The Future – Will They Do Things Differently There?

12th Dec, 2014

It’s been an interesting week here at Trajectory – with a variety of projects, appointments and discussions, in what follows I will attempt to chart a course through those varied topics.

Staring with our thinking on the UK in 2015, I was only too pleased to take the Havas Media Insight team through our PPT. So soon after the Chancellor’s Autumn Statement it served to highlight how little has changed and how little rebalancing has happened in the global and the UK economy.

At a global level, as referenced in last week’s blog, we have seen overall debt reach 212% of global GDP in 2014, compared to a pre-financial crisis peak of 184%. In the UK the state spending and deficit reduction plans for the next parliament (2015-2020) are predicated on the assumption that consumer debt will reach 55% of household income by the end of the parliament. That compares to a pre-crisis peak of 44% – which had fallen to 37% as a result of deleveraging and retrenchment from consumers during the initial stages of the financial crisis and recession.

Little evidence of a rebalancing or a focus on building sustainable growth here – as reflected in the enduring UK obsession with house prices, rather than house building (itself reflected in the stamp duty changes announced).

In light of which it was interesting to revisit the work of The Millennium Project – who write very eloquently about the positive long term changes occurring globally – including the Millennium Development Goals but also advances in connectivity, education and peace – but temper their positivity with reference to the extreme and growing dangers to be addressed – including climate change, organised crime, corruption and rising refugee numbers.

Such a balanced approach appears in contrast to the business as usual approach seemingly adopted by governments around the world today.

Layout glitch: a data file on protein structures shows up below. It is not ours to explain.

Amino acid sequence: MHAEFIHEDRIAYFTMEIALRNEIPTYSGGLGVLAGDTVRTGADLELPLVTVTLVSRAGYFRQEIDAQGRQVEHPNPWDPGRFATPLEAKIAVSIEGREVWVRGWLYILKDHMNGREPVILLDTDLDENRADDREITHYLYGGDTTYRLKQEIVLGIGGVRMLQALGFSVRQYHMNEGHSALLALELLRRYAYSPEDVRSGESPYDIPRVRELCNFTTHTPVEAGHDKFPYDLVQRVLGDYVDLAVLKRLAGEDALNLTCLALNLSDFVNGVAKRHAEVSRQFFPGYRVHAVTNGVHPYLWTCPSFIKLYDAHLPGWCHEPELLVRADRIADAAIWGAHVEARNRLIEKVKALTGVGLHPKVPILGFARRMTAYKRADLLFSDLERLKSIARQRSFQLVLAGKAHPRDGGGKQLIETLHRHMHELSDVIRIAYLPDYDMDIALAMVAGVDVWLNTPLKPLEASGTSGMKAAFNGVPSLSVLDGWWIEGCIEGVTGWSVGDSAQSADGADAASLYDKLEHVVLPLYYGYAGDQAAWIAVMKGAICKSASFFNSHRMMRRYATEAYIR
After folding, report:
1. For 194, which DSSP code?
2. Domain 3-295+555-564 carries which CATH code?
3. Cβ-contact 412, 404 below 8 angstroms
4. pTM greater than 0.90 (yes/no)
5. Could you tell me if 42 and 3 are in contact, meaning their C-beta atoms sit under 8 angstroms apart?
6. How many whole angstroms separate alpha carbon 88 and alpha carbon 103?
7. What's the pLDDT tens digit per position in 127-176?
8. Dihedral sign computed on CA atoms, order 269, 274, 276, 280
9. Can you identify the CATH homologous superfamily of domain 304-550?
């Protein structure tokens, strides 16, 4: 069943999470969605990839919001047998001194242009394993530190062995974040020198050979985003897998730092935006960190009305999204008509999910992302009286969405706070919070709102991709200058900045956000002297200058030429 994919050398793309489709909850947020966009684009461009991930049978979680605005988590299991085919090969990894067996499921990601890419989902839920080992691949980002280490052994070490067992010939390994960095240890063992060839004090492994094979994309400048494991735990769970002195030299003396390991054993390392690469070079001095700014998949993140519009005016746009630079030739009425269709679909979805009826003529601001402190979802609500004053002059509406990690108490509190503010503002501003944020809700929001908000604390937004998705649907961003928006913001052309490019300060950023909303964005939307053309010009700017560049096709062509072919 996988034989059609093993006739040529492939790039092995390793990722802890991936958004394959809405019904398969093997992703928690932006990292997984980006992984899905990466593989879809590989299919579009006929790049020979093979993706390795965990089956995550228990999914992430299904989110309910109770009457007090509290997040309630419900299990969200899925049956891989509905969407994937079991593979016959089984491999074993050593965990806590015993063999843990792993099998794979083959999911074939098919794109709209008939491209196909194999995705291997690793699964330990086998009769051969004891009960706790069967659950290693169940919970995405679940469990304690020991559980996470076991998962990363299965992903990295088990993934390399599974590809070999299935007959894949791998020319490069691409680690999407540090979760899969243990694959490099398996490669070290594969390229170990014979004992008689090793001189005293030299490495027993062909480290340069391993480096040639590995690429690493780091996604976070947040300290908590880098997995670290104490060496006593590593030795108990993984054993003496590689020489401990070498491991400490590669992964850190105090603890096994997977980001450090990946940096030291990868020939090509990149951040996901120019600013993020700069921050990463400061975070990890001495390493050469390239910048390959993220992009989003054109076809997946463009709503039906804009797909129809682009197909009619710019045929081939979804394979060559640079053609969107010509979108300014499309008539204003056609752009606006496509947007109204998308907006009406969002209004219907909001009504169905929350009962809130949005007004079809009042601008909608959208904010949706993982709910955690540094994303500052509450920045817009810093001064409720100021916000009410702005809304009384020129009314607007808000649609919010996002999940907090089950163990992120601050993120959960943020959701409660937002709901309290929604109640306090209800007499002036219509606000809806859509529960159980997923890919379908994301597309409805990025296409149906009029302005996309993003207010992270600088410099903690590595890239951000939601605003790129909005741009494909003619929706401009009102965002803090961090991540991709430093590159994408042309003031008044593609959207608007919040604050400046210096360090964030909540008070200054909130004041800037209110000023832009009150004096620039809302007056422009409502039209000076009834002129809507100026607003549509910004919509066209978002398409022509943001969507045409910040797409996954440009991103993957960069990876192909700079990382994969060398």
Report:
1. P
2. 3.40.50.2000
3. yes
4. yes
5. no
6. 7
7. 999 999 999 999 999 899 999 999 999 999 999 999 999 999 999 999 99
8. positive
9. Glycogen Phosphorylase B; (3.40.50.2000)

As such it was interesting to go to a couple of Institute for Government events – the first exploring A Programme for Effective Government and the second, in partnership with the Open Data Institute, exploring the achievements, progress and future of the open data movement within the UK government. This in the week that the UK hosted the inaugural meeting of the D5 grouping of the most advanced digital governments in the world.

The tantalising promise of data is of course that it will lead to a transformation of evidence based policy making – as well as unleashing a new wave of innovation in partnership with business, civil society and technologists, and positive behaviour change at the individual level.

And yet, as we reflected in discussion with PHD Media, the UK consumer today is embroiled in a climate of cynicism and distrust – part of what we have coined The New Morality.

More than that there is a disproportionate level of anxiety surrounding the future – not simply as Kantar revealed that the UK is exiting the recession fatter, scruffier and more miserable – but on a more profound level in terms of economics, income and employment, namely the capacity of the economic system to deliver for us and for the next generation.

This socio-economic insecurity is exacerbated for many by climate concerns, geo-political anxiety, and new demands on individuals to take responsibility for issues such as our pensions, long term care for our parents, child-care for the young (the privatisation of risk).

How do brands respond and how should they operate in this climate?

Perhaps this is where we can profitably weave these conversations together, rather than the big bold promises of yesteryear brands should focus on how they can demonstrate empathy with their audience by providing practical and meaningful assistance in different areas of life.

This links naturally into local, community orientated initiatives and brand focus – getting under the radar of the uncertainties surrounding the national and global picture – and when linked to the promise of data to an exciting era of small differences rather than big promises?

How this can be realised in tandem with the rapidly growing sharing economy is an interesting question – the sharing economy is of course now the subject of government interest, with ambition to make London the global capital of the sharing economy.

Listening to the inimitable Rory Sutherland speak at the Annual IDM lecture the other week was a reminder of the importance of the small details and the potential of micro-interventions.

But where’s the magic in that at Christmas time?